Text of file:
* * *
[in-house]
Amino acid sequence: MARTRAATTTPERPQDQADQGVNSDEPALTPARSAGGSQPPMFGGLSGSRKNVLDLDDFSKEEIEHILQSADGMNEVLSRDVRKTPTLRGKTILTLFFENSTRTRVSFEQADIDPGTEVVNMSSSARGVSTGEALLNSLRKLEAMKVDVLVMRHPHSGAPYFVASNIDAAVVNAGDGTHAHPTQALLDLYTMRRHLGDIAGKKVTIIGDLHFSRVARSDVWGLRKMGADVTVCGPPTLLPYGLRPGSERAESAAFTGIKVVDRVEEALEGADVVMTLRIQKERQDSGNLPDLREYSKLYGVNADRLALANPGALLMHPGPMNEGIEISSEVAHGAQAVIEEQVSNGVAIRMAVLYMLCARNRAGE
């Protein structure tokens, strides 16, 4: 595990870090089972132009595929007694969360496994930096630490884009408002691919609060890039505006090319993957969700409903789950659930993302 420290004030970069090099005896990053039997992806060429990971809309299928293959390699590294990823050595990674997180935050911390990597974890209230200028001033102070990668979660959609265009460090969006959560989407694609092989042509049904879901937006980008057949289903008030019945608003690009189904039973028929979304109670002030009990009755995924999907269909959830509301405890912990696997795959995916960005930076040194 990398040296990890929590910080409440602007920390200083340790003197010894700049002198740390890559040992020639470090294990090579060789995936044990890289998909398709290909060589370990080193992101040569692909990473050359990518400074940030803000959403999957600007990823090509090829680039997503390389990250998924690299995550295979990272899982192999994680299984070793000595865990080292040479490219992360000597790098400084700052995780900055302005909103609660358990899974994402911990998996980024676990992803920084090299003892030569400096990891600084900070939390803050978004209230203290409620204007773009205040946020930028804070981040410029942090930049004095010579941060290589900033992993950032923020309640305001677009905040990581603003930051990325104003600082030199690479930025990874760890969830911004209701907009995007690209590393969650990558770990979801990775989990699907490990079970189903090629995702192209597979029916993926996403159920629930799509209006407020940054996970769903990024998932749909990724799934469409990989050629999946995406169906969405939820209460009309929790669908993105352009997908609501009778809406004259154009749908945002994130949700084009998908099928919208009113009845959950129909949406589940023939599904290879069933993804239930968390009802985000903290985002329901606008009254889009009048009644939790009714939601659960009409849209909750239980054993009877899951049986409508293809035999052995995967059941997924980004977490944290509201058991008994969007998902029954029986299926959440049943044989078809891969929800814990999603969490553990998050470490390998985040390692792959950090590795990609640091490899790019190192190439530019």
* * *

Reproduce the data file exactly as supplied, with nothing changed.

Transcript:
[in-house]
Amino acid sequence: MARTRAATTTPERPQDQADQGVNSDEPALTPARSAGGSQPPMFGGLSGSRKNVLDLDDFSKEEIEHILQSADGMNEVLSRDVRKTPTLRGKTILTLFFENSTRTRVSFEQADIDPGTEVVNMSSSARGVSTGEALLNSLRKLEAMKVDVLVMRHPHSGAPYFVASNIDAAVVNAGDGTHAHPTQALLDLYTMRRHLGDIAGKKVTIIGDLHFSRVARSDVWGLRKMGADVTVCGPPTLLPYGLRPGSERAESAAFTGIKVVDRVEEALEGADVVMTLRIQKERQDSGNLPDLREYSKLYGVNADRLALANPGALLMHPGPMNEGIEISSEVAHGAQAVIEEQVSNGVAIRMAVLYMLCARNRAGE
């Protein structure tokens, strides 16, 4: 595990870090089972132009595929007694969360496994930096630490884009408002691919609060890039505006090319993957969700409903789950659930993302 420290004030970069090099005896990053039997992806060429990971809309299928293959390699590294990823050595990674997180935050911390990597974890209230200028001033102070990668979660959609265009460090969006959560989407694609092989042509049904879901937006980008057949289903008030019945608003690009189904039973028929979304109670002030009990009755995924999907269909959830509301405890912990696997795959995916960005930076040194 990398040296990890929590910080409440602007920390200083340790003197010894700049002198740390890559040992020639470090294990090579060789995936044990890289998909398709290909060589370990080193992101040569692909990473050359990518400074940030803000959403999957600007990823090509090829680039997503390389990250998924690299995550295979990272899982192999994680299984070793000595865990080292040479490219992360000597790098400084700052995780900055302005909103609660358990899974994402911990998996980024676990992803920084090299003892030569400096990891600084900070939390803050978004209230203290409620204007773009205040946020930028804070981040410029942090930049004095010579941060290589900033992993950032923020309640305001677009905040990581603003930051990325104003600082030199690479930025990874760890969830911004209701907009995007690209590393969650990558770990979801990775989990699907490990079970189903090629995702192209597979029916993926996403159920629930799509209006407020940054996970769903990024998932749909990724799934469409990989050629999946995406169906969405939820209460009309929790669908993105352009997908609501009778809406004259154009749908945002994130949700084009998908099928919208009113009845959950129909949406589940023939599904290879069933993804239930968390009802985000903290985002329901606008009254889009009048009644939790009714939601659960009409849209909750239980054993009877899951049986409508293809035999052995995967059941997924980004977490944290509201058991008994969007998902029954029986299926959440049943044989078809891969929800814990999603969490553990998050470490390998985040390692792959950090590795990609640091490899790019190192190439530019």